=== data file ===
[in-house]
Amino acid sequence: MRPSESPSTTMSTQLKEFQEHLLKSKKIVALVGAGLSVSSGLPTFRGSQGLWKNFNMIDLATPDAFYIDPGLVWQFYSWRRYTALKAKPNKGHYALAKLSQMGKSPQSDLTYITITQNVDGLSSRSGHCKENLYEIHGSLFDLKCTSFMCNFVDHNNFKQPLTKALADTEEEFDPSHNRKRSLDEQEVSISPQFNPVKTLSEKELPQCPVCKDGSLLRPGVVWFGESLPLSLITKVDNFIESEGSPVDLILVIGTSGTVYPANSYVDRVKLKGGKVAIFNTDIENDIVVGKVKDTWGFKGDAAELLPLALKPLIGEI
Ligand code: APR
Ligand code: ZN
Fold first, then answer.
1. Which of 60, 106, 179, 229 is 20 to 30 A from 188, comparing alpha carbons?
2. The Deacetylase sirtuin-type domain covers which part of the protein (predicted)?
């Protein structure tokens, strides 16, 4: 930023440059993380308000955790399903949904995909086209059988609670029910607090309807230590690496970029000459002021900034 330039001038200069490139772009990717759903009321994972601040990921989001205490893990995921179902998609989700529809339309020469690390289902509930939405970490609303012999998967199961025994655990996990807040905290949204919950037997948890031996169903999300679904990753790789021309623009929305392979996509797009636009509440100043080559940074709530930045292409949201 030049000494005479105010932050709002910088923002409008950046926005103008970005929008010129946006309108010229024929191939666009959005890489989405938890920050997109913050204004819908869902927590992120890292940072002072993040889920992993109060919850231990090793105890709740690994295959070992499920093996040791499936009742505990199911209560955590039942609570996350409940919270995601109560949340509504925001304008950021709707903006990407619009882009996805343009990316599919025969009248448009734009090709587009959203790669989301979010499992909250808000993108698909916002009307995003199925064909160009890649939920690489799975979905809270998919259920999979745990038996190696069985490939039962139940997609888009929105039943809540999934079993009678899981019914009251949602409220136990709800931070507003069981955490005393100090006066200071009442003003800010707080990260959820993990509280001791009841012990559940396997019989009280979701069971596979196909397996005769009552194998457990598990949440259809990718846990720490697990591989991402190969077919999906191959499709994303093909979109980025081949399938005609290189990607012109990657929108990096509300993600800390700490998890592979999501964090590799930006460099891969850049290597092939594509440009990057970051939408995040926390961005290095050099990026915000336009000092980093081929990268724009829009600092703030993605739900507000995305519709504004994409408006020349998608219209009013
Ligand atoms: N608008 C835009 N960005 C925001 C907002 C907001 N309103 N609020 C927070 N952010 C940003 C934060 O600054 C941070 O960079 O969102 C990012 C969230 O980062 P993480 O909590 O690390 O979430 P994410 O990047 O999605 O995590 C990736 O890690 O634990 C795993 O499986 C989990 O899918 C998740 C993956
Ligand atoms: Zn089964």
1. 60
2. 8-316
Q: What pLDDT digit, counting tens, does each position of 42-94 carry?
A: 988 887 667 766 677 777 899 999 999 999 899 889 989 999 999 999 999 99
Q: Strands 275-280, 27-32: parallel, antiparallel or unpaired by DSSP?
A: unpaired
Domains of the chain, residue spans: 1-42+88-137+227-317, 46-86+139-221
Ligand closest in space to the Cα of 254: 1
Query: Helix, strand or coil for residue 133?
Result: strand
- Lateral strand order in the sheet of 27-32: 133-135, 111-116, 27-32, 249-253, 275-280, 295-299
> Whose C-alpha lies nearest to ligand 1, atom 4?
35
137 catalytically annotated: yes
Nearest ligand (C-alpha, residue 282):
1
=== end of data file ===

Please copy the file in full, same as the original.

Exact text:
[in-house]
Amino acid sequence: MRPSESPSTTMSTQLKEFQEHLLKSKKIVALVGAGLSVSSGLPTFRGSQGLWKNFNMIDLATPDAFYIDPGLVWQFYSWRRYTALKAKPNKGHYALAKLSQMGKSPQSDLTYITITQNVDGLSSRSGHCKENLYEIHGSLFDLKCTSFMCNFVDHNNFKQPLTKALADTEEEFDPSHNRKRSLDEQEVSISPQFNPVKTLSEKELPQCPVCKDGSLLRPGVVWFGESLPLSLITKVDNFIESEGSPVDLILVIGTSGTVYPANSYVDRVKLKGGKVAIFNTDIENDIVVGKVKDTWGFKGDAAELLPLALKPLIGEI
Ligand code: APR
Ligand code: ZN
Fold first, then answer.
1. Which of 60, 106, 179, 229 is 20 to 30 A from 188, comparing alpha carbons?
2. The Deacetylase sirtuin-type domain covers which part of the protein (predicted)?
């Protein structure tokens, strides 16, 4: 930023440059993380308000955790399903949904995909086209059988609670029910607090309807230590690496970029000459002021900034 330039001038200069490139772009990717759903009321994972601040990921989001205490893990995921179902998609989700529809339309020469690390289902509930939405970490609303012999998967199961025994655990996990807040905290949204919950037997948890031996169903999300679904990753790789021309623009929305392979996509797009636009509440100043080559940074709530930045292409949201 030049000494005479105010932050709002910088923002409008950046926005103008970005929008010129946006309108010229024929191939666009959005890489989405938890920050997109913050204004819908869902927590992120890292940072002072993040889920992993109060919850231990090793105890709740690994295959070992499920093996040791499936009742505990199911209560955590039942609570996350409940919270995601109560949340509504925001304008950021709707903006990407619009882009996805343009990316599919025969009248448009734009090709587009959203790669989301979010499992909250808000993108698909916002009307995003199925064909160009890649939920690489799975979905809270998919259920999979745990038996190696069985490939039962139940997609888009929105039943809540999934079993009678899981019914009251949602409220136990709800931070507003069981955490005393100090006066200071009442003003800010707080990260959820993990509280001791009841012990559940396997019989009280979701069971596979196909397996005769009552194998457990598990949440259809990718846990720490697990591989991402190969077919999906191959499709994303093909979109980025081949399938005609290189990607012109990657929108990096509300993600800390700490998890592979999501964090590799930006460099891969850049290597092939594509440009990057970051939408995040926390961005290095050099990026915000336009000092980093081929990268724009829009600092703030993605739900507000995305519709504004994409408006020349998608219209009013
Ligand atoms: N608008 C835009 N960005 C925001 C907002 C907001 N309103 N609020 C927070 N952010 C940003 C934060 O600054 C941070 O960079 O969102 C990012 C969230 O980062 P993480 O909590 O690390 O979430 P994410 O990047 O999605 O995590 C990736 O890690 O634990 C795993 O499986 C989990 O899918 C998740 C993956
Ligand atoms: Zn089964």
1. 60
2. 8-316
Q: What pLDDT digit, counting tens, does each position of 42-94 carry?
A: 988 887 667 766 677 777 899 999 999 999 899 889 989 999 999 999 999 99
Q: Strands 275-280, 27-32: parallel, antiparallel or unpaired by DSSP?
A: unpaired
Domains of the chain, residue spans: 1-42+88-137+227-317, 46-86+139-221
Ligand closest in space to the Cα of 254: 1
Query: Helix, strand or coil for residue 133?
Result: strand
- Lateral strand order in the sheet of 27-32: 133-135, 111-116, 27-32, 249-253, 275-280, 295-299
> Whose C-alpha lies nearest to ligand 1, atom 4?
35
137 catalytically annotated: yes
Nearest ligand (C-alpha, residue 282):
1